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Thread: Why Have We Not Been Attacked Again? Competing and Complementary Hypotheses

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    Council Member bourbon's Avatar
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    Default Why Have We Not Been Attacked Again? Competing and Complementary Hypotheses

    Courtesy of the NEFA Foundation:
    "Why Have We Not Been Attacked Again? Competing and Complementary Hypotheses for Homeland Attack Frequency", June 2008.
    The Defense Threat Reduction Agency and Science International Applications Corporation released a report titled, "Why Have We Not Been Attacked Again? Competing and Complementary Hypotheses for Homeland Attack Frequency." As the authors explain, "The hypotheses analyzed in this report can be divided roughly into two broad categories. The first category – Capabilities – suggests that terrorists have been unable to succeed in conducting another large-scale attack on the homeland due to the effectiveness of U.S. defenses or because of the terrorists’ limited capabilities. The second category – Motivations – assumes that a number of terrorist groups possess the ability to attack the United States but have chosen not to do so for a variety of reasons." There are more than two dozen competing explanations and "this study suggests that identifying a complete and consistent explanation for the non-occurrence of a subsequent attack on the U.S. homeland may not be possible."
    208 page PDF

    Anybody have a favored hypotheses or combination of?

    I have a combination that may seem contradictory:
    Hypothesis F) Terrorist threat has been massively exaggerated
    Hypothesis H) Al-Qaeda is waiting to acquire a CBRN capability
    Hypothesis L) Al-Qaeda’s next attack must surpass 9/11
    Hypothesis Z) Al-Qaeda’s goal is to “bleed” the United States dry economically

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    Council Member Ken White's Avatar
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    Default How many Angels can dance on the head of a pin?

    Of course, another question is; Are there Angels?

    Yet another is; How many tried to dance there but couldn't get past the bouncer on the door?

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    Council Member Fuchs's Avatar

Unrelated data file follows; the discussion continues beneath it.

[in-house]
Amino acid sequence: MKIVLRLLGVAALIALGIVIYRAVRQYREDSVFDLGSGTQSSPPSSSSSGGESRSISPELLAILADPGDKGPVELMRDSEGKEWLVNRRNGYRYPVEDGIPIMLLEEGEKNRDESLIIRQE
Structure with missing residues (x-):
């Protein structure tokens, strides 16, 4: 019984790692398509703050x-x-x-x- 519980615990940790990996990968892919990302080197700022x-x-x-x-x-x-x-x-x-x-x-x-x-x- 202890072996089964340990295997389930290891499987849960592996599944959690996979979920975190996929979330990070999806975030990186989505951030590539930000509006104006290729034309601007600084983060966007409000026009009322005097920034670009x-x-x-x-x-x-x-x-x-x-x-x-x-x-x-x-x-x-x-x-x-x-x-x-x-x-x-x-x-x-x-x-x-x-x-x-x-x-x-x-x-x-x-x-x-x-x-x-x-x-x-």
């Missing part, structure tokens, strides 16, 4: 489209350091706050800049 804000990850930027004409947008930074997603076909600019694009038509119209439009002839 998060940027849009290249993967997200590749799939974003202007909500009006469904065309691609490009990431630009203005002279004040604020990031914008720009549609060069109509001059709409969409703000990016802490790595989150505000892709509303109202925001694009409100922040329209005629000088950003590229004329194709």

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    Default

    Quote Originally Posted by bourbon View Post
    Anybody have a favored hypotheses or combination of?
    Hmm, AQ and others being declared to be "terrorists" killed more U.S.Americans since 9/11 than during 9/11 and did multiple times as much economic damage.
    I'd rate that as "attacked". OK, counter-"attacked".

    Quote Originally Posted by Ken White View Post
    Of course, another question is; Are there Angels?

    Yet another is; How many tried to dance there but couldn't get past the bouncer on the door?
    1. Probably.
    2. Likely not many.


    Seriously; as far as I understood it, AQ has changed itself and its methods a lot since 9/11.
    It's now much more interested in changing the Arab/Muslim world than in attacking Westerners(?).
    Even the complete annihilation of Manhattan would not really serve a purpose for AQ.


    They have been remarkably uninterested in attacking Westerners who did not meddle in Arab countries anyway.

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    Council Member Ken White's Avatar
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    Default You may not believe it but

    Quote Originally Posted by Fuchs View Post
    They have been remarkably uninterested in attacking Westerners who did not meddle in Arab countries anyway.
    we have always been remarkably uninterested in attacking anyone who hasn't annoyed us unnecessarily. We're not really warlike at all -- but we sure do react to provocation...

    As for this:
    Hmm, AQ and others being declared to be "terrorists" killed more U.S.Americans since 9/11 than during 9/11 and did multiple times as much economic damage. I'd rate that as "attacked". OK, counter-"attacked".
    We have killed far more of them than they us -- but that's an extremely silly and meaningless metric (other than to those dead and wounded and their families). Seriously.

    It was and is a matter of principle. The issue was not subject to a cost benefit study, it was to deter attacks on the US and US interests and to decrease the ability and interest of anyone to pursue such attacks. There was, is and will be a cost to do that. We're paying it. So are they. We can pay more than they can. So they're dumb -- being dumb doesn't mean they aren't dangerous. Not being warlike doesn't mean we aren't dangerous; more dangerous at that...

    As for the economic damage, again disagree -- it's not damage, it's simply a cost. Again we're paying it.

    The neat thing is that since we and a few others are paying those costs, you don't have to. Before you say had we and those others not gone blundering into the ME no one would have to pay anything, I suggest you give that aspect some very serious -- and long range -- thought. Most of our immigrants assimilate pretty well...

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    Council Member davidbfpo's Avatar